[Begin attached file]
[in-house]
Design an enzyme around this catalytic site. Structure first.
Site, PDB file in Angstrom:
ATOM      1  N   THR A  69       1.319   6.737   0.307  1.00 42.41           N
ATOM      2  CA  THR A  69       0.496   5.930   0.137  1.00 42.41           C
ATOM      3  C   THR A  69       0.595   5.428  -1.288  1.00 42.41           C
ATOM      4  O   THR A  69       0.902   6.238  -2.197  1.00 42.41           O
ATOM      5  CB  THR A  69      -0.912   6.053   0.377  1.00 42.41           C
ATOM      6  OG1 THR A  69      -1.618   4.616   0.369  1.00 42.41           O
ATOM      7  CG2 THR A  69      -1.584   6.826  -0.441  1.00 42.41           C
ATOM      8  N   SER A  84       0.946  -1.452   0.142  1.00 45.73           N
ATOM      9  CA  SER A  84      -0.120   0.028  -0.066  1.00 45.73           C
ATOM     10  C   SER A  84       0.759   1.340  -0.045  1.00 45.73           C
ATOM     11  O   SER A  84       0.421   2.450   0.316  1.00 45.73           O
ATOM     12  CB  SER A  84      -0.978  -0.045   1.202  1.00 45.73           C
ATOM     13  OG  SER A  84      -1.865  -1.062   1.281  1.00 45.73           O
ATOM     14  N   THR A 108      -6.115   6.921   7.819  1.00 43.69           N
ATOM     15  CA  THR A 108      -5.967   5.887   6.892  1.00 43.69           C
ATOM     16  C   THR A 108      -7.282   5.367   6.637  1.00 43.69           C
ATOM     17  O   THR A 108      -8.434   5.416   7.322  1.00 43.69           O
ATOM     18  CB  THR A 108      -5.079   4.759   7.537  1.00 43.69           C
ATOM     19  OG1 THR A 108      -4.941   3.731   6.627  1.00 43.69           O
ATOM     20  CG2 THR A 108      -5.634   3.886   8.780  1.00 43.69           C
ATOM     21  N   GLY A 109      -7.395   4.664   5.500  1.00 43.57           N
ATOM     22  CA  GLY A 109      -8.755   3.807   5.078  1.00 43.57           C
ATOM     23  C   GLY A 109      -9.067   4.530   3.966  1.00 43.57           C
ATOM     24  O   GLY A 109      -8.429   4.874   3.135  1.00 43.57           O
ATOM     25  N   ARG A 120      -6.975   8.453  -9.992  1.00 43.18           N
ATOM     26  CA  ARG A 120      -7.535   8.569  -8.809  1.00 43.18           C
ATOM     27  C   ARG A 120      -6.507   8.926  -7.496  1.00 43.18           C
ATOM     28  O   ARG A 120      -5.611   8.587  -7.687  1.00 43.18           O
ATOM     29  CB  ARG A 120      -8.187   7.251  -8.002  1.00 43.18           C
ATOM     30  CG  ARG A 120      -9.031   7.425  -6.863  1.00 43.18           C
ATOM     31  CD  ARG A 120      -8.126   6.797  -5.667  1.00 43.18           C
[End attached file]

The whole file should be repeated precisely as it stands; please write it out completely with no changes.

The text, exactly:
[in-house]
Design an enzyme around this catalytic site. Structure first.
Site, PDB file in Angstrom:
ATOM      1  N   THR A  69       1.319   6.737   0.307  1.00 42.41           N
ATOM      2  CA  THR A  69       0.496   5.930   0.137  1.00 42.41           C
ATOM      3  C   THR A  69       0.595   5.428  -1.288  1.00 42.41           C
ATOM      4  O   THR A  69       0.902   6.238  -2.197  1.00 42.41           O
ATOM      5  CB  THR A  69      -0.912   6.053   0.377  1.00 42.41           C
ATOM      6  OG1 THR A  69      -1.618   4.616   0.369  1.00 42.41           O
ATOM      7  CG2 THR A  69      -1.584   6.826  -0.441  1.00 42.41           C
ATOM      8  N   SER A  84       0.946  -1.452   0.142  1.00 45.73           N
ATOM      9  CA  SER A  84      -0.120   0.028  -0.066  1.00 45.73           C
ATOM     10  C   SER A  84       0.759   1.340  -0.045  1.00 45.73           C
ATOM     11  O   SER A  84       0.421   2.450   0.316  1.00 45.73           O
ATOM     12  CB  SER A  84      -0.978  -0.045   1.202  1.00 45.73           C
ATOM     13  OG  SER A  84      -1.865  -1.062   1.281  1.00 45.73           O
ATOM     14  N   THR A 108      -6.115   6.921   7.819  1.00 43.69           N
ATOM     15  CA  THR A 108      -5.967   5.887   6.892  1.00 43.69           C
ATOM     16  C   THR A 108      -7.282   5.367   6.637  1.00 43.69           C
ATOM     17  O   THR A 108      -8.434   5.416   7.322  1.00 43.69           O
ATOM     18  CB  THR A 108      -5.079   4.759   7.537  1.00 43.69           C
ATOM     19  OG1 THR A 108      -4.941   3.731   6.627  1.00 43.69           O
ATOM     20  CG2 THR A 108      -5.634   3.886   8.780  1.00 43.69           C
ATOM     21  N   GLY A 109      -7.395   4.664   5.500  1.00 43.57           N
ATOM     22  CA  GLY A 109      -8.755   3.807   5.078  1.00 43.57           C
ATOM     23  C   GLY A 109      -9.067   4.530   3.966  1.00 43.57           C
ATOM     24  O   GLY A 109      -8.429   4.874   3.135  1.00 43.57           O
ATOM     25  N   ARG A 120      -6.975   8.453  -9.992  1.00 43.18           N
ATOM     26  CA  ARG A 120      -7.535   8.569  -8.809  1.00 43.18           C
ATOM     27  C   ARG A 120      -6.507   8.926  -7.496  1.00 43.18           C
ATOM     28  O   ARG A 120      -5.611   8.587  -7.687  1.00 43.18           O
ATOM     29  CB  ARG A 120      -8.187   7.251  -8.002  1.00 43.18           C
ATOM     30  CG  ARG A 120      -9.031   7.425  -6.863  1.00 43.18           C
ATOM     31  CD  ARG A 120      -8.126   6.797  -5.667  1.00 43.18           C